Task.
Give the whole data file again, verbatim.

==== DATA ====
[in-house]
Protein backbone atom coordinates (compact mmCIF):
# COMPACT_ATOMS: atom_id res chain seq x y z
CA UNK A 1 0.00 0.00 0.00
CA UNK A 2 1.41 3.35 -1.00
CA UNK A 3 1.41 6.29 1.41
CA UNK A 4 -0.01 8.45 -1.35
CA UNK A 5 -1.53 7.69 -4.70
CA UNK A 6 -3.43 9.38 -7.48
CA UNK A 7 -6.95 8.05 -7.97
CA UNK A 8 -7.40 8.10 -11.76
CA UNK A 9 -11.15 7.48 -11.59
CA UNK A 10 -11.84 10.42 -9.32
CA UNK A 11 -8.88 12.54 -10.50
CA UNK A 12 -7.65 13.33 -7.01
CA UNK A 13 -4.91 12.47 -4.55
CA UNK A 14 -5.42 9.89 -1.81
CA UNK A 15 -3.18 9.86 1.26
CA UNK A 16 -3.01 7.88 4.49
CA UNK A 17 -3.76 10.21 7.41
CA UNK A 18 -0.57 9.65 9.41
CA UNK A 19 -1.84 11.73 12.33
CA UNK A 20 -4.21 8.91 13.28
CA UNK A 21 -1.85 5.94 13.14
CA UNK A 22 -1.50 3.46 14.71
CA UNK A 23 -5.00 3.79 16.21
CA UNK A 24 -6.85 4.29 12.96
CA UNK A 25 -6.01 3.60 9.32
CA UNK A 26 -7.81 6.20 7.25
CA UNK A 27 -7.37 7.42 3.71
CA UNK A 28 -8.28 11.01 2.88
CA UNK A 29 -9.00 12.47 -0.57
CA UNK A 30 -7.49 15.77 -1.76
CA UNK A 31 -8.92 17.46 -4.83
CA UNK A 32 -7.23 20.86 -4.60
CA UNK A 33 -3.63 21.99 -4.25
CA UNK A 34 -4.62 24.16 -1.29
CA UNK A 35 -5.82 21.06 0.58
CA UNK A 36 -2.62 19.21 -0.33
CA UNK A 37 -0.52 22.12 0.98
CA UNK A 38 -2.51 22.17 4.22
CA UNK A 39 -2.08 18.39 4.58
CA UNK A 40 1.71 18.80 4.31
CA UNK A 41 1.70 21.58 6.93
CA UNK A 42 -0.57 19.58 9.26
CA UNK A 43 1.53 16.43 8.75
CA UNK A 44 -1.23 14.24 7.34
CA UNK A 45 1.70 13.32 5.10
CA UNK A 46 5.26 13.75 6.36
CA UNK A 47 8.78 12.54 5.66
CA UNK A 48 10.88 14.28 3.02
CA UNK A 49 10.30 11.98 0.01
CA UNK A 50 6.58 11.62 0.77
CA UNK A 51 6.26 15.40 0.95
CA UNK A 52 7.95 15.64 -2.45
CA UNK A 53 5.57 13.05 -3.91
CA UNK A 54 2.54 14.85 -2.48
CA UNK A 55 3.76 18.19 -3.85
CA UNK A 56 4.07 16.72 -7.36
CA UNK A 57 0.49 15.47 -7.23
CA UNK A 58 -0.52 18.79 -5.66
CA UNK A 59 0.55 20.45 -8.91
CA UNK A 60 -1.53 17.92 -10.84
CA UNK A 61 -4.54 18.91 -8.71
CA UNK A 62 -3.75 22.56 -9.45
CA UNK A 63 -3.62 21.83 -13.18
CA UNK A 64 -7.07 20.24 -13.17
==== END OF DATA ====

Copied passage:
[in-house]
Protein backbone atom coordinates (compact mmCIF):
# COMPACT_ATOMS: atom_id res chain seq x y z
CA UNK A 1 0.00 0.00 0.00
CA UNK A 2 1.41 3.35 -1.00
CA UNK A 3 1.41 6.29 1.41
CA UNK A 4 -0.01 8.45 -1.35
CA UNK A 5 -1.53 7.69 -4.70
CA UNK A 6 -3.43 9.38 -7.48
CA UNK A 7 -6.95 8.05 -7.97
CA UNK A 8 -7.40 8.10 -11.76
CA UNK A 9 -11.15 7.48 -11.59
CA UNK A 10 -11.84 10.42 -9.32
CA UNK A 11 -8.88 12.54 -10.50
CA UNK A 12 -7.65 13.33 -7.01
CA UNK A 13 -4.91 12.47 -4.55
CA UNK A 14 -5.42 9.89 -1.81
CA UNK A 15 -3.18 9.86 1.26
CA UNK A 16 -3.01 7.88 4.49
CA UNK A 17 -3.76 10.21 7.41
CA UNK A 18 -0.57 9.65 9.41
CA UNK A 19 -1.84 11.73 12.33
CA UNK A 20 -4.21 8.91 13.28
CA UNK A 21 -1.85 5.94 13.14
CA UNK A 22 -1.50 3.46 14.71
CA UNK A 23 -5.00 3.79 16.21
CA UNK A 24 -6.85 4.29 12.96
CA UNK A 25 -6.01 3.60 9.32
CA UNK A 26 -7.81 6.20 7.25
CA UNK A 27 -7.37 7.42 3.71
CA UNK A 28 -8.28 11.01 2.88
CA UNK A 29 -9.00 12.47 -0.57
CA UNK A 30 -7.49 15.77 -1.76
CA UNK A 31 -8.92 17.46 -4.83
CA UNK A 32 -7.23 20.86 -4.60
CA UNK A 33 -3.63 21.99 -4.25
CA UNK A 34 -4.62 24.16 -1.29
CA UNK A 35 -5.82 21.06 0.58
CA UNK A 36 -2.62 19.21 -0.33
CA UNK A 37 -0.52 22.12 0.98
CA UNK A 38 -2.51 22.17 4.22
CA UNK A 39 -2.08 18.39 4.58
CA UNK A 40 1.71 18.80 4.31
CA UNK A 41 1.70 21.58 6.93
CA UNK A 42 -0.57 19.58 9.26
CA UNK A 43 1.53 16.43 8.75
CA UNK A 44 -1.23 14.24 7.34
CA UNK A 45 1.70 13.32 5.10
CA UNK A 46 5.26 13.75 6.36
CA UNK A 47 8.78 12.54 5.66
CA UNK A 48 10.88 14.28 3.02
CA UNK A 49 10.30 11.98 0.01
CA UNK A 50 6.58 11.62 0.77
CA UNK A 51 6.26 15.40 0.95
CA UNK A 52 7.95 15.64 -2.45
CA UNK A 53 5.57 13.05 -3.91
CA UNK A 54 2.54 14.85 -2.48
CA UNK A 55 3.76 18.19 -3.85
CA UNK A 56 4.07 16.72 -7.36
CA UNK A 57 0.49 15.47 -7.23
CA UNK A 58 -0.52 18.79 -5.66
CA UNK A 59 0.55 20.45 -8.91
CA UNK A 60 -1.53 17.92 -10.84
CA UNK A 61 -4.54 18.91 -8.71
CA UNK A 62 -3.75 22.56 -9.45
CA UNK A 63 -3.62 21.83 -13.18
CA UNK A 64 -7.07 20.24 -13.17